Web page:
*Meaty slap to forehead.*

She was up against barrister Akash Nawbatt QC, acting for Intel, whose cross-examination of her prompted Guiney to exclaim at one point: “Yesterday you walked all over me, barely letting me answer. Implying I deserved being fired!”

Oh dear lord! What was this woman thinking, representing herself in a discrimination case and going up against a QC hired by a multi-national corporation! Was she trying to save money, or she thought she had the legal skills to argue the case herself?

Nawbatt then pressed his point home: “That’s a balanced request, isn’t it?” to which Guiney conceded: “It looks as if…” before hastily adding “…but I know it’s not because I’ve seen what went on.”

Groan. There’s a saying out there which goes “there’s nothing so expensive as a cheap lawyer”. It appears having no lawyer costs you £45k. If she’d spent £250-300 on an hour’s consultation, she would have at least been told whether she had a case or not. I’m no lawyer, but it seems she’s been treated harshly:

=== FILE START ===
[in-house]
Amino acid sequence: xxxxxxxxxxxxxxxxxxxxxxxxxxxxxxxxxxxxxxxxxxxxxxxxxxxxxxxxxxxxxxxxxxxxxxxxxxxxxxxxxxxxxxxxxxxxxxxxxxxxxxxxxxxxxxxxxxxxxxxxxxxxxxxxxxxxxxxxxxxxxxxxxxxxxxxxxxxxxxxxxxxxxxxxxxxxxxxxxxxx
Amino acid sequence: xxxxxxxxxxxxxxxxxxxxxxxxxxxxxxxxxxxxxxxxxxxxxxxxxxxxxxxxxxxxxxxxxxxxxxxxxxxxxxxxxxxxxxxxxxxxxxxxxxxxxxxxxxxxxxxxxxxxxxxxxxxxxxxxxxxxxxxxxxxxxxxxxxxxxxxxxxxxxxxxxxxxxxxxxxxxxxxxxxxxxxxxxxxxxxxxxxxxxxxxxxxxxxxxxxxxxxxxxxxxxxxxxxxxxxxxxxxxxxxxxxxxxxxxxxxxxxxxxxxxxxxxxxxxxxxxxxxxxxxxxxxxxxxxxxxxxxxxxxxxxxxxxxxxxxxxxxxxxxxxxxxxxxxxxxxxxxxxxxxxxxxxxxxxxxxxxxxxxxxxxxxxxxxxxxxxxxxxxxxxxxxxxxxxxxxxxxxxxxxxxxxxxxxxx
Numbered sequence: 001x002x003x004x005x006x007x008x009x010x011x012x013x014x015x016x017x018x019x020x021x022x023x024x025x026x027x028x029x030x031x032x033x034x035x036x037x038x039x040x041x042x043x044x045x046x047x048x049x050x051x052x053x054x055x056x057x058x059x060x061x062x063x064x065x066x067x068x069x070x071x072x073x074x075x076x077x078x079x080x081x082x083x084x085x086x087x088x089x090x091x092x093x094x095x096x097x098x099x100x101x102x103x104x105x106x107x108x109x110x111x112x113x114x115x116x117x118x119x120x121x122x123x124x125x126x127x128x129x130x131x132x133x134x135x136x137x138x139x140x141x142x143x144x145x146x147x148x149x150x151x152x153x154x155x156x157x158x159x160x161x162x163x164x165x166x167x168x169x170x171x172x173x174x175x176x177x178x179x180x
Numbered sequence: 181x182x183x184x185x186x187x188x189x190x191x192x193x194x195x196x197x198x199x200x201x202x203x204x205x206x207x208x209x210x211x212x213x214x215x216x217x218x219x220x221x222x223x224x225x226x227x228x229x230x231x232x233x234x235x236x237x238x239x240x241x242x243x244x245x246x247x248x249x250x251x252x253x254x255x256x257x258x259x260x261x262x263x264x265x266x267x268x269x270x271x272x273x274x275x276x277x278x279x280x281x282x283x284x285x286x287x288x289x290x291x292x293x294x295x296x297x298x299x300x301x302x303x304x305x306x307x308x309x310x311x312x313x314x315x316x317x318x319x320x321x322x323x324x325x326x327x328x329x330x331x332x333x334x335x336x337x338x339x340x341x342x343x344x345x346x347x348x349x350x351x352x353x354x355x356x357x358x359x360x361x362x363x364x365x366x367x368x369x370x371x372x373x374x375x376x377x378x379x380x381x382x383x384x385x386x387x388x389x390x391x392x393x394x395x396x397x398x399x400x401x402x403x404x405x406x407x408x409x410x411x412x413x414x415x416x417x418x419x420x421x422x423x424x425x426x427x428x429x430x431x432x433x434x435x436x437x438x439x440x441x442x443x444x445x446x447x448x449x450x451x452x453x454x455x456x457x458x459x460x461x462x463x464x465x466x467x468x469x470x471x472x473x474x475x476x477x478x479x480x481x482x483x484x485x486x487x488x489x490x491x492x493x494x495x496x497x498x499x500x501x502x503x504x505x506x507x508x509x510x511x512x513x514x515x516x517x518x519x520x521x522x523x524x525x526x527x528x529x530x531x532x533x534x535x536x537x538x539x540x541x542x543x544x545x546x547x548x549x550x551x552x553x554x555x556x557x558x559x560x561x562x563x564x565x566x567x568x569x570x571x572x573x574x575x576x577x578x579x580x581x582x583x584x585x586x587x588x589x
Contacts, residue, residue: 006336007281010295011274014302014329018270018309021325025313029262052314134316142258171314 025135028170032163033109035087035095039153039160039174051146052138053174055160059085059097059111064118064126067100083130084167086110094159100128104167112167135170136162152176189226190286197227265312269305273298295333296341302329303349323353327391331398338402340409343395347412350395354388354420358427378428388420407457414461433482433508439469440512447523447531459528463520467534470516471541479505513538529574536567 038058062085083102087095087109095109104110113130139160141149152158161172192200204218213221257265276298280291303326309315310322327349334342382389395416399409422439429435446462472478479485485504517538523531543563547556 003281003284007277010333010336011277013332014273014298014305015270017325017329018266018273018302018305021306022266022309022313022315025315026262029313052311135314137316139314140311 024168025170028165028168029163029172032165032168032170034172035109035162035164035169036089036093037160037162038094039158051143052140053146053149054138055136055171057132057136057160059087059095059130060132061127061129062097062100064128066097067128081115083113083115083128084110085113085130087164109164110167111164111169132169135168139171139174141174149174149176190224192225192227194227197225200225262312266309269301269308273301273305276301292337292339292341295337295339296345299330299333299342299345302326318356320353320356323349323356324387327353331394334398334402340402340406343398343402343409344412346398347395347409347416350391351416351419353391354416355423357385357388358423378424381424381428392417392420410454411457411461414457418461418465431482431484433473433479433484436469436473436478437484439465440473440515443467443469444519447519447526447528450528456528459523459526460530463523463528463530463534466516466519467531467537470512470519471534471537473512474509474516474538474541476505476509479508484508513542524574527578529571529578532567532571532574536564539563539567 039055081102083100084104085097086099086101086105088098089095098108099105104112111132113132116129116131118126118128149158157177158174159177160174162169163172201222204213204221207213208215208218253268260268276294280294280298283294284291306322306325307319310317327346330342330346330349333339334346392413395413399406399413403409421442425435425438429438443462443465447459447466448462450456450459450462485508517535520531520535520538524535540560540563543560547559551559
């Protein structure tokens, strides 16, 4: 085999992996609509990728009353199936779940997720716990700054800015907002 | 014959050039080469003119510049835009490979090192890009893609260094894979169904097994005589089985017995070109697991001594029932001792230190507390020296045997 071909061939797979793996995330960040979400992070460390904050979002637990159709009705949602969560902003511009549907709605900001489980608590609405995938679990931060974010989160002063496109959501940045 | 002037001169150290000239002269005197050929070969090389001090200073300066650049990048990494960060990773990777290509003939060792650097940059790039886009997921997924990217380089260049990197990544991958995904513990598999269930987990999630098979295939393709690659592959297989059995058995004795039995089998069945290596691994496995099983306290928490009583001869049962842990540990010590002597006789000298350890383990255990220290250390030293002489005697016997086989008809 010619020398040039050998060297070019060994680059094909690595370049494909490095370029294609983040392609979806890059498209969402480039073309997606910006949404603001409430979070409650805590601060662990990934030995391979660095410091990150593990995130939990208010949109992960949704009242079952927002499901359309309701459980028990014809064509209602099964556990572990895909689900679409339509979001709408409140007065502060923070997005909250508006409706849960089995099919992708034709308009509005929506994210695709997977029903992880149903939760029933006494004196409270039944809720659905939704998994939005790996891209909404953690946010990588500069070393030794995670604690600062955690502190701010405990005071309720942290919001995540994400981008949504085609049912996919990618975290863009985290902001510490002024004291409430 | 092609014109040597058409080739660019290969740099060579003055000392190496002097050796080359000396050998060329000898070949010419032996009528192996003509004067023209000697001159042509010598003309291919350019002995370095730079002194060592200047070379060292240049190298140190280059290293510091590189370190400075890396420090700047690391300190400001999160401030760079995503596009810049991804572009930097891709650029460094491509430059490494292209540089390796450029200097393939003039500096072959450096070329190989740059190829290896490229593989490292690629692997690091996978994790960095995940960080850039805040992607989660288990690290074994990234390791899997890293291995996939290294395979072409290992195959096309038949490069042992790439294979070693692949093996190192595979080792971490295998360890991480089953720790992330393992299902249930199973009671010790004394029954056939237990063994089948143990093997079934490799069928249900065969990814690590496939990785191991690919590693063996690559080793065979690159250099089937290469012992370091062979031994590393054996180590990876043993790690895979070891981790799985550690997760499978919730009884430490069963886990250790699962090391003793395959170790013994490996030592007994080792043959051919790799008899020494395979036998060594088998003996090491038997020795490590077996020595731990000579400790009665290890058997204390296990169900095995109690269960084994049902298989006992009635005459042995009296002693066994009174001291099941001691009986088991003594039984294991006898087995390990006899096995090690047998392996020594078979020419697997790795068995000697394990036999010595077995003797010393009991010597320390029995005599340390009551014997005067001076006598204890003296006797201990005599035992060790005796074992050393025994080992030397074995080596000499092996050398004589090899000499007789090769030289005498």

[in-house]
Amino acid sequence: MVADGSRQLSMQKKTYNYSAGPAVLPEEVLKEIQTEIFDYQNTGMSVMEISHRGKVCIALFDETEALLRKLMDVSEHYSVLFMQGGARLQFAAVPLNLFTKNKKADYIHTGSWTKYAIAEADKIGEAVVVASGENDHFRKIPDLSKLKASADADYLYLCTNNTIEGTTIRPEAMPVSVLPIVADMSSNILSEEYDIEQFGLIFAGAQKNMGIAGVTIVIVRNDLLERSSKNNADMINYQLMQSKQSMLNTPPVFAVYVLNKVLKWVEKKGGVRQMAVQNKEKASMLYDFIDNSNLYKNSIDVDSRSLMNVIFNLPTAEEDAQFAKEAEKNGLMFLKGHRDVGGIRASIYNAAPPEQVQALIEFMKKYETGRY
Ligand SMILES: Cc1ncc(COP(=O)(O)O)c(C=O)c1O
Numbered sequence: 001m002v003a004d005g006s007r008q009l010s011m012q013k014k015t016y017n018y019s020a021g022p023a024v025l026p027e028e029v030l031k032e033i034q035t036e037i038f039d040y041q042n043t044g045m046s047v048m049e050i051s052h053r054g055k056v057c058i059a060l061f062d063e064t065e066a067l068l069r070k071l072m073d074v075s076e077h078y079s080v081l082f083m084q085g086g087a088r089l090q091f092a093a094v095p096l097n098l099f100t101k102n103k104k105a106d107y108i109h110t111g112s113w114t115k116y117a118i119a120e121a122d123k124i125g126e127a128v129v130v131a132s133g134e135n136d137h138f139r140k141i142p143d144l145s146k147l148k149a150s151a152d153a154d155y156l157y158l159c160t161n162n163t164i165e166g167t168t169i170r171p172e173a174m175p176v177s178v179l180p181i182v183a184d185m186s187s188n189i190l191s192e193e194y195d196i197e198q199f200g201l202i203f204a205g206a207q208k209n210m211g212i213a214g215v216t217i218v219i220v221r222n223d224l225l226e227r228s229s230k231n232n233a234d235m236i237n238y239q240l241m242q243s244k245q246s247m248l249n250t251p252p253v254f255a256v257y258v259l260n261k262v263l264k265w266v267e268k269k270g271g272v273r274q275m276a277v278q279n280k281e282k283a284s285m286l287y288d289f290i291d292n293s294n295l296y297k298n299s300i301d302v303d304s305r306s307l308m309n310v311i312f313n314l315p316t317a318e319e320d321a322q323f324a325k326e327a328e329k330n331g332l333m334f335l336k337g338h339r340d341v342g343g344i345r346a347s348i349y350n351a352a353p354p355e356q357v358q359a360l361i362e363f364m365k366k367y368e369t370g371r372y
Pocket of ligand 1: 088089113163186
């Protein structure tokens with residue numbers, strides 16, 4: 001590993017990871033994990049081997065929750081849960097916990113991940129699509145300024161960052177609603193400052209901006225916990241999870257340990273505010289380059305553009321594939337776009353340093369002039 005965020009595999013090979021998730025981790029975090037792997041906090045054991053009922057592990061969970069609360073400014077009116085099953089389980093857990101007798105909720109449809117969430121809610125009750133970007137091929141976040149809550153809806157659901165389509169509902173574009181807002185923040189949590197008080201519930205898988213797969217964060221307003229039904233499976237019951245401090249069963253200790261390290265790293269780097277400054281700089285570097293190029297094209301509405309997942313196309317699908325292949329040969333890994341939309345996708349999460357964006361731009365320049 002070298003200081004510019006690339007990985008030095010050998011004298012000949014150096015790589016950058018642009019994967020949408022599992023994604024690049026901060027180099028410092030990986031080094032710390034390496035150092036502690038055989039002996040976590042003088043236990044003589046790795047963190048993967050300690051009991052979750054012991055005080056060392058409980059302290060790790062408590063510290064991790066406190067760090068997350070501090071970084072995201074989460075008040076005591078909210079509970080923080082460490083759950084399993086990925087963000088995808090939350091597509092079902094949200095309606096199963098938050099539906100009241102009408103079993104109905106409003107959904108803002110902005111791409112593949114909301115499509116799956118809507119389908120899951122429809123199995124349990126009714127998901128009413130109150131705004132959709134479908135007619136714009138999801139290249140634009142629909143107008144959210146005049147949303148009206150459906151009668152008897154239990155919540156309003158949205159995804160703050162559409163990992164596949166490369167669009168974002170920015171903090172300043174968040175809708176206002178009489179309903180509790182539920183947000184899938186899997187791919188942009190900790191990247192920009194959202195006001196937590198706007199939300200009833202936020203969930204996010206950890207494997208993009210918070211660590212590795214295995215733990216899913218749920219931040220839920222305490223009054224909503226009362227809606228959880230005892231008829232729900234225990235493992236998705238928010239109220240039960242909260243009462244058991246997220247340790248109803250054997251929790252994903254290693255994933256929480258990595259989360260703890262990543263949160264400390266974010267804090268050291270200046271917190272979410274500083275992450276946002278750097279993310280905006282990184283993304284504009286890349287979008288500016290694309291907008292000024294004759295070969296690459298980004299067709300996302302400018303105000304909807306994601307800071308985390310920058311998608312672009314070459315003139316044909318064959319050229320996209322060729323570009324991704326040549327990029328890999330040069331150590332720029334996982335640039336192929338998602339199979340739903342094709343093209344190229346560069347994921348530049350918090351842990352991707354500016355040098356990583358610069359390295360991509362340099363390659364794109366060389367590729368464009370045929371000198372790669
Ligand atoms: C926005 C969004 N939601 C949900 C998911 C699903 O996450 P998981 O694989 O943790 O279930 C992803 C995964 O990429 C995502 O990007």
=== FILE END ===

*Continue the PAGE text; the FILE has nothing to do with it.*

The sacked saleswoman, who was dismissed in October 2016, after receiving an “improvement required” grading (the lowest available) during her annual appraisal, said she was fired “with a day’s notice in a corridor in Paris” during a phonecall with Intel HR worker Rachael Merchant, in between scheduled meetings with potential clients.

This seems rather unfair, but is it illegal? Well, that’s what a lawyer would have told her, and she would also have been advised whether it’s worth opening a case, and told her the chances of winning. A proper lawyer might also, for a lot less than £45k, have won her a settlement before it ever got to court. And if it did, the lawyer would manage the case so scenes like this wouldn’t ensue: